Week Four: Leadership ~ Teachers are Leaders

The prompt for this post is "reflect on leadership role models whom you respect and whose example you would want to follow. Look at individuals or organizations that you admire and spell out what it is that attracts you and how you might incorporate this into your own leadership style."

In a school setting, few people in the public think of the teacher as a leader.  If asked who leads the school, almost every parent, school board member, and citizen will say automatically "the principal".  Many teachers themselves will reply the same two words as the answer to that question.  I am the exception to the rule as I disagree.  I don't feel that the principal leads most schools.  Teachers do.  That is not to say that there are not some amazing principals that develop a great relationship with parents and their staff who work hard to make their school a great learning environment.  But teachers are the ones who have a direct, personal relationship with students.  Teachers are the ones who know their students' strengths and weaknesses, and what motivates each of them personally.  Teachers are the ones who make a difference to individual students every day.  



I have been recommended each year for the past five years for an administrator cohort in my district.  The district will pay for an administration degree for the few recommended teachers, and these teachers are then expected to go into administration for a minimum of 5 years in our district.  While it is an honor to be invited, it is something I have no interest in.  A principal has to see the forest, teachers see the trees.  A principal must make decisions that benefit the school as a whole. A teacher has to make each individual student in front of him or her feel Important.  Priceless. Powerful.  Smart. Valuable.  No tree in my classroom is ignored or sacrificed for the better of the forest.  I would much rather be a leader in my classroom and have a direct impact on each student daily, than a leader in a more general setting and make decisions that trickle down to students, yet don't impact them on a personal level.

With that said, role models to me are teachers I have had in the past and teachers I have worked with.  Teachers like my high school Latin teacher Mrs. Pawlowski who taught me life lessons.  Dr. DeBruin who taught me as an undergrad to make Science hands-on.  Mr. Birr who taught me how an intervention teacher and classroom teacher can work together to make the most powerful learning environment possible.  Mrs. Rusgo who taught me that kindness is as important than knowledge.  Teachers are Leaders! Even if I eventually decide to leave the classroom after Full Sail, I will never forget the impact teachers have.

Week 4: Comments to Golda's Post


Golda's Post:

marriageTelling the WE story has me reflecting on my marriage. We have been together for 15+ years. Part of our success is the ability to communicate. We talk about everything including small talk. Topics will vary and sometimes we will argue. Even though we may argue about things, we tend to in the end come up with the possibility of agreeing to disagree. It is because of this philosophy, we find that we cannot stay angry at one another. Agreeing to disagree allows for mutual respect. It is this mutual respect that gives us our inner strength within our relationship. Another thing that made us stronger is that we were friends first and later to become best friends. Best friends do everything together and support one another in their endeavors. I truly believe that I would not have reached my goal of obtaining a second Masters degree if we did not go through it together. It was the support network that we had that enabled me to achieve this goal. Now we will go through the process of working toward me gaining employment once my goal of this degree is obtained.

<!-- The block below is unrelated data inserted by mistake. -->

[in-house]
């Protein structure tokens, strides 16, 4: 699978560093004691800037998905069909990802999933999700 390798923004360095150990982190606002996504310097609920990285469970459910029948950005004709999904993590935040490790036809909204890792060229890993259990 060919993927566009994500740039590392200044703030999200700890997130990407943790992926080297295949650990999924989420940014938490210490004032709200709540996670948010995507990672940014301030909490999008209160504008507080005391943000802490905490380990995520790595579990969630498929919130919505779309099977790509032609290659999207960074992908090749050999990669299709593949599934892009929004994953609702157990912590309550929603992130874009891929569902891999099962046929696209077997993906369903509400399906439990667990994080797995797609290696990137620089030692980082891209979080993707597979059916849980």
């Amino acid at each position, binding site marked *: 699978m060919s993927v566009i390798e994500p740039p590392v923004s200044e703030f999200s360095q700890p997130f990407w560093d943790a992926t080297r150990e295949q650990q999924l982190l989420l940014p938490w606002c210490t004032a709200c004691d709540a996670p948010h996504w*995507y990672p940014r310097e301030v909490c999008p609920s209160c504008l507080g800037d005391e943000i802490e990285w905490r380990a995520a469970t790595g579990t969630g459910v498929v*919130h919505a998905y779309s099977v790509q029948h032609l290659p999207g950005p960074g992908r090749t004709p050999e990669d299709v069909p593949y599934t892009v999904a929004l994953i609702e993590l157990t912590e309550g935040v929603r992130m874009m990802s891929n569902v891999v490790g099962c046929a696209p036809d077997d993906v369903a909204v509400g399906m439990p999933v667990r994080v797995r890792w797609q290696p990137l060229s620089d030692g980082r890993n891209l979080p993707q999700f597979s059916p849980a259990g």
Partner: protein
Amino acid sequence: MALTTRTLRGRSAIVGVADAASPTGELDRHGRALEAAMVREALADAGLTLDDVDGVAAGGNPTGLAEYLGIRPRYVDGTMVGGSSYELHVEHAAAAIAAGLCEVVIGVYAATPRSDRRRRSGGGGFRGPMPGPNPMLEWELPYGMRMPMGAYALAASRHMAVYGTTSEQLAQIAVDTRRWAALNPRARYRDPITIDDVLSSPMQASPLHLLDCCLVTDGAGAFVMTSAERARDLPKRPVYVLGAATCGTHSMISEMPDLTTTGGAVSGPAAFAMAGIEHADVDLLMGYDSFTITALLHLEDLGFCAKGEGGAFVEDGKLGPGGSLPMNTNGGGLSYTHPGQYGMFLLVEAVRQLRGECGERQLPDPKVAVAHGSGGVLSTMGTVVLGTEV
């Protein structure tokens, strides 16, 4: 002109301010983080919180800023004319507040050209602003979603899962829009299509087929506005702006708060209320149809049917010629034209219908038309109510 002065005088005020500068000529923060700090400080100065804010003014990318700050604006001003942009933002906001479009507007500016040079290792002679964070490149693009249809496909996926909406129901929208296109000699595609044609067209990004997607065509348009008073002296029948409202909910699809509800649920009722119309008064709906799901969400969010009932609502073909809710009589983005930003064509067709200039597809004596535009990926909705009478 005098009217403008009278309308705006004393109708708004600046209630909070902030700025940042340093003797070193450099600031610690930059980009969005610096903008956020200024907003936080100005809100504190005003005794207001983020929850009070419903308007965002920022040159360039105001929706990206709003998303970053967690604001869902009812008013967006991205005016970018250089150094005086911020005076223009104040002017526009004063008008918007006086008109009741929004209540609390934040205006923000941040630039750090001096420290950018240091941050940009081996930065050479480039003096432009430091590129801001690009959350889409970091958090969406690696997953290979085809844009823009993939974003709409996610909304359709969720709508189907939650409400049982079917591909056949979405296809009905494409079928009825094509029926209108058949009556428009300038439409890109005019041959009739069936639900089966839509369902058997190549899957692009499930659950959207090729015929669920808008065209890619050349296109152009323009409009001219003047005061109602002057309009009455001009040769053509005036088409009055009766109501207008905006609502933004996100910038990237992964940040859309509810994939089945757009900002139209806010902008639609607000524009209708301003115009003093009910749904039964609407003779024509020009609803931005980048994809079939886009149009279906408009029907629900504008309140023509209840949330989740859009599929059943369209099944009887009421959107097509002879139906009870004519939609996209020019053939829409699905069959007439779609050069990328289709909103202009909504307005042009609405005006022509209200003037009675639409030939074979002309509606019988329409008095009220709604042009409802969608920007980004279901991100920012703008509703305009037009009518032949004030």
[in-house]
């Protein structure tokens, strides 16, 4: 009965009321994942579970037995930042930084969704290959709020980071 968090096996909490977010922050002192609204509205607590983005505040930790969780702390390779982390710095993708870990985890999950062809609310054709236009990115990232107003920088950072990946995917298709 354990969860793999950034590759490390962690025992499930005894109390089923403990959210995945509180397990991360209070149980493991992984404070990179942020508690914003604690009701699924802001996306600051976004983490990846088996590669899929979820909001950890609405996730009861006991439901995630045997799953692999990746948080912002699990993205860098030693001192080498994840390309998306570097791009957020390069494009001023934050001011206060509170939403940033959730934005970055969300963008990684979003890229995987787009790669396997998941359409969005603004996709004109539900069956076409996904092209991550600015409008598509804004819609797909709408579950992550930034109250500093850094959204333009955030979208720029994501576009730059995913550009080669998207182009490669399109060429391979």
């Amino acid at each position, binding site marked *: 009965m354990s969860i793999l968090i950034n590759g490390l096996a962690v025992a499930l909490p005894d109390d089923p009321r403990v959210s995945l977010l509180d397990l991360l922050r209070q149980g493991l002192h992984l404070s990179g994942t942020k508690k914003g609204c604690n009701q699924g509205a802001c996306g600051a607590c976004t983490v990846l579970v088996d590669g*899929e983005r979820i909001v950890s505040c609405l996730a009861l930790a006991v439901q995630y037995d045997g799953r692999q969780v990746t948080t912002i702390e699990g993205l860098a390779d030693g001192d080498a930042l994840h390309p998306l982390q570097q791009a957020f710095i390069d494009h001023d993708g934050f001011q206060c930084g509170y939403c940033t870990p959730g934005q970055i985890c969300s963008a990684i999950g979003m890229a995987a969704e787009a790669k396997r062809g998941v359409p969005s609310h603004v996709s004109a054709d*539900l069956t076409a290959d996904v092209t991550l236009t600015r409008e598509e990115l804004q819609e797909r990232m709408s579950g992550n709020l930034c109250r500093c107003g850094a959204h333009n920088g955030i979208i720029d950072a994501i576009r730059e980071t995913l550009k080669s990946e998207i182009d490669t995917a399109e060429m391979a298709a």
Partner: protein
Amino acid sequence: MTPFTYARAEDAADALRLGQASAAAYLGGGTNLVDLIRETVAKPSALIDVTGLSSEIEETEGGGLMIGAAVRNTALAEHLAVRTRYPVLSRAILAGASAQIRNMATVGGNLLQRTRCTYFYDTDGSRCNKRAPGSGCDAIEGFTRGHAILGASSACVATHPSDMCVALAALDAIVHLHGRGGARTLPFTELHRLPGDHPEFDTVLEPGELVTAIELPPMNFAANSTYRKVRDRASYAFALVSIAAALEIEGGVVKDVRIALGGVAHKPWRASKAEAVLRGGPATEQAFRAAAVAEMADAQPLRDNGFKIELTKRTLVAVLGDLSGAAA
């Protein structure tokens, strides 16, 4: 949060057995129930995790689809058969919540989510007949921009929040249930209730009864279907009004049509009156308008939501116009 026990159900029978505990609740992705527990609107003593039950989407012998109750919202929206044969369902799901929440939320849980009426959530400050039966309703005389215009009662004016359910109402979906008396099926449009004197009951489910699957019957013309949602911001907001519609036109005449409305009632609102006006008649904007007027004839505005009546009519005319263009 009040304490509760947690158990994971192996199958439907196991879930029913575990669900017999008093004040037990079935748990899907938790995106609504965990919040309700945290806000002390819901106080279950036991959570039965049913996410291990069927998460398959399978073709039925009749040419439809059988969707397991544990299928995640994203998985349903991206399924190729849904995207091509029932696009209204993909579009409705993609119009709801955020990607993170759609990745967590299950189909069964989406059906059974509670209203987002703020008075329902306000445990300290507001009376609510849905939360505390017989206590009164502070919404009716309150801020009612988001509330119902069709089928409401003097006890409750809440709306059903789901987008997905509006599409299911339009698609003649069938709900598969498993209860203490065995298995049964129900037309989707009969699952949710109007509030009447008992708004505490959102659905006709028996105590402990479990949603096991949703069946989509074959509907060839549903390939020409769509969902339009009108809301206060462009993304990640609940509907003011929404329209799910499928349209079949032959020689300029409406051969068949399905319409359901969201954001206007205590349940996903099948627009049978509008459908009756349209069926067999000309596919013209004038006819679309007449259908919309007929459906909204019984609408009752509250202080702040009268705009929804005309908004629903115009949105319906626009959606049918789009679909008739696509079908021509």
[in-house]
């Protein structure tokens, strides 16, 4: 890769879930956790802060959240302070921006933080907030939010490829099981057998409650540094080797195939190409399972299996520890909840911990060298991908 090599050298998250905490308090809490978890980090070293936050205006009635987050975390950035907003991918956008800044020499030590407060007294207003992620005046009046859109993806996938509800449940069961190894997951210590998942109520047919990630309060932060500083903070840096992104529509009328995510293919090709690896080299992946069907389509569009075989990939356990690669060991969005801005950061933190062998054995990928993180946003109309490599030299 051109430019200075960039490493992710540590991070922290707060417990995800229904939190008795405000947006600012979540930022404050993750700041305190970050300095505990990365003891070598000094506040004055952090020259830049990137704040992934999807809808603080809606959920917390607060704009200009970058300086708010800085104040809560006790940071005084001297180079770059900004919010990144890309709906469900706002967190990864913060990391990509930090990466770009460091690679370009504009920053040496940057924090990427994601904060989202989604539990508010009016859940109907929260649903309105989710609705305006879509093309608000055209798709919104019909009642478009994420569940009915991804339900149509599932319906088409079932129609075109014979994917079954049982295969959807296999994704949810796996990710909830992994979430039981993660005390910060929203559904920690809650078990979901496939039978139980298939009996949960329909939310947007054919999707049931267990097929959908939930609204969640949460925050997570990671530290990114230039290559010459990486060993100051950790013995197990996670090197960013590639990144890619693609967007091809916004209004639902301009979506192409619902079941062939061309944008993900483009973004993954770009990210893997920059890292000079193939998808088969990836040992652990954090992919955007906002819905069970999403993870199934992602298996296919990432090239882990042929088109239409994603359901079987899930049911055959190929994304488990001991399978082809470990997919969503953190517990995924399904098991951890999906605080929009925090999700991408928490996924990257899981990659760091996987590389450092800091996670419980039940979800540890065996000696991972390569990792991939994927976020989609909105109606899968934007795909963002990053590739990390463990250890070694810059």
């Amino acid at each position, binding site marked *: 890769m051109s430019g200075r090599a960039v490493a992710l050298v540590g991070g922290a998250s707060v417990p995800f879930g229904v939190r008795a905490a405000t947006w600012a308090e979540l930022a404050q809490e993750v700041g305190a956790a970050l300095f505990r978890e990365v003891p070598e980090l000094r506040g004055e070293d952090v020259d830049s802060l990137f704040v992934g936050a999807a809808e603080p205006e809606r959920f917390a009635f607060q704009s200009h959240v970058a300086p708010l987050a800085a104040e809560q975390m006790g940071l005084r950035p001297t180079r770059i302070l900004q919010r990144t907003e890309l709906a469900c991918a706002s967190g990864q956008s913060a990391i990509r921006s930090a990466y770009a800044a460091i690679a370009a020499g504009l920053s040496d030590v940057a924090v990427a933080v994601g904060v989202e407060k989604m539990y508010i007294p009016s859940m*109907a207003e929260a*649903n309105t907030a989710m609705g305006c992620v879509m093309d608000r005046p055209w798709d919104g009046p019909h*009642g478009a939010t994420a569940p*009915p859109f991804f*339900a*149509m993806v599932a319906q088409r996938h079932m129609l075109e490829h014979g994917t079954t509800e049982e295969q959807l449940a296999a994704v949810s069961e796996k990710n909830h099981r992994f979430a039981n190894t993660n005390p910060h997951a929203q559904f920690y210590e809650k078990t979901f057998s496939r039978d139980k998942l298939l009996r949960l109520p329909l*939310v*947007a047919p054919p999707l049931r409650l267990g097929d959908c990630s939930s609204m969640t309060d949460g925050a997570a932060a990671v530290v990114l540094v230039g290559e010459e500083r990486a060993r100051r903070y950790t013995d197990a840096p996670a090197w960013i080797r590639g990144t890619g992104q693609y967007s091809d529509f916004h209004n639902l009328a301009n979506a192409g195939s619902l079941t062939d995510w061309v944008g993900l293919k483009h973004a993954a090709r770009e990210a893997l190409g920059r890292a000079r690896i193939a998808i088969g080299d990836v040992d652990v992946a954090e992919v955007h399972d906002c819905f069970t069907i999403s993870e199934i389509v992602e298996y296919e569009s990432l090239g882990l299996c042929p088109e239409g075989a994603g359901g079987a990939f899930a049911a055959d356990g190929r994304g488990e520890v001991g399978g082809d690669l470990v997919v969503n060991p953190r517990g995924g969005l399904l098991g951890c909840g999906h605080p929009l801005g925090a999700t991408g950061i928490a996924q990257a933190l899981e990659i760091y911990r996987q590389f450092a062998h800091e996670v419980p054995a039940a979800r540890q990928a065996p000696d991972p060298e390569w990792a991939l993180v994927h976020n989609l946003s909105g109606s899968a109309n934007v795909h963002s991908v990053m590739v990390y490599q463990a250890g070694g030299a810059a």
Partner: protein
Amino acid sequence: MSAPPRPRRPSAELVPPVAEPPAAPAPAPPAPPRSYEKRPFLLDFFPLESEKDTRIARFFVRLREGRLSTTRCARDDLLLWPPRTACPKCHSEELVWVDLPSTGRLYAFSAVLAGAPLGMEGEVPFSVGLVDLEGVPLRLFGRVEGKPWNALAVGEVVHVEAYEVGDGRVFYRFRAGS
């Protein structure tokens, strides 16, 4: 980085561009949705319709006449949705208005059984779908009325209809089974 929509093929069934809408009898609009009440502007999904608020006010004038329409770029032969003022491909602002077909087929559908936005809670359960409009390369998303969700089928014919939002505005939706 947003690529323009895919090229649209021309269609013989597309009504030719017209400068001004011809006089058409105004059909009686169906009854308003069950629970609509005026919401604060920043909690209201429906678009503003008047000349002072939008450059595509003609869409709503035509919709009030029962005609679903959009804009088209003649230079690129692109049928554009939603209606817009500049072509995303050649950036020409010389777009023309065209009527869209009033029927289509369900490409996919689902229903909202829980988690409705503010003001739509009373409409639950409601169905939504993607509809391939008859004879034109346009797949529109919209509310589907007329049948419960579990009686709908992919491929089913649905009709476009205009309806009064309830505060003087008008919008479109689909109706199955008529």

Comments to Golda's Post:

Golda,
The chapter about the WE story is something that many people take for granted but is so important to the nature of human beings. We need to have someone to connect with ~ and we need to be able to accept how our actions are related to the world around us. That is something that our young (and sometimes older) students can not grasp, they can feel like the center of their universe yet can not see the bigger picture.
Congrats on having a successful marriage where you can communicate so well. Agreeing to disagree ~ isn’t that the key sometimes? Best of luck after Full Sail, we certainly have the tools now for new and different employment opportunities!


Week Four: Comments to Alyson's post


Alyson's Post:

This month has gotten me thinking a lot about my future and where I want to go, both in my personal and professional life. There has been a lot going on for me, the possibility of my school district closing, looking to purchase a house with my Fiance, our wedding next winter, and finishing my degree at Full Sail. The reading we’ve been doing in The Art of Possibility has really got me thinking about how I view the world in all areas of my life. It’s easy with my school district facing difficulties and the prospect of no job to think negatively, like there is no possibility. However, if you think about it, it opens up a whole world of opportunities for me. I could get a job teaching music in a different district or try to get a technology teaching position or even make a transition to the corporate world.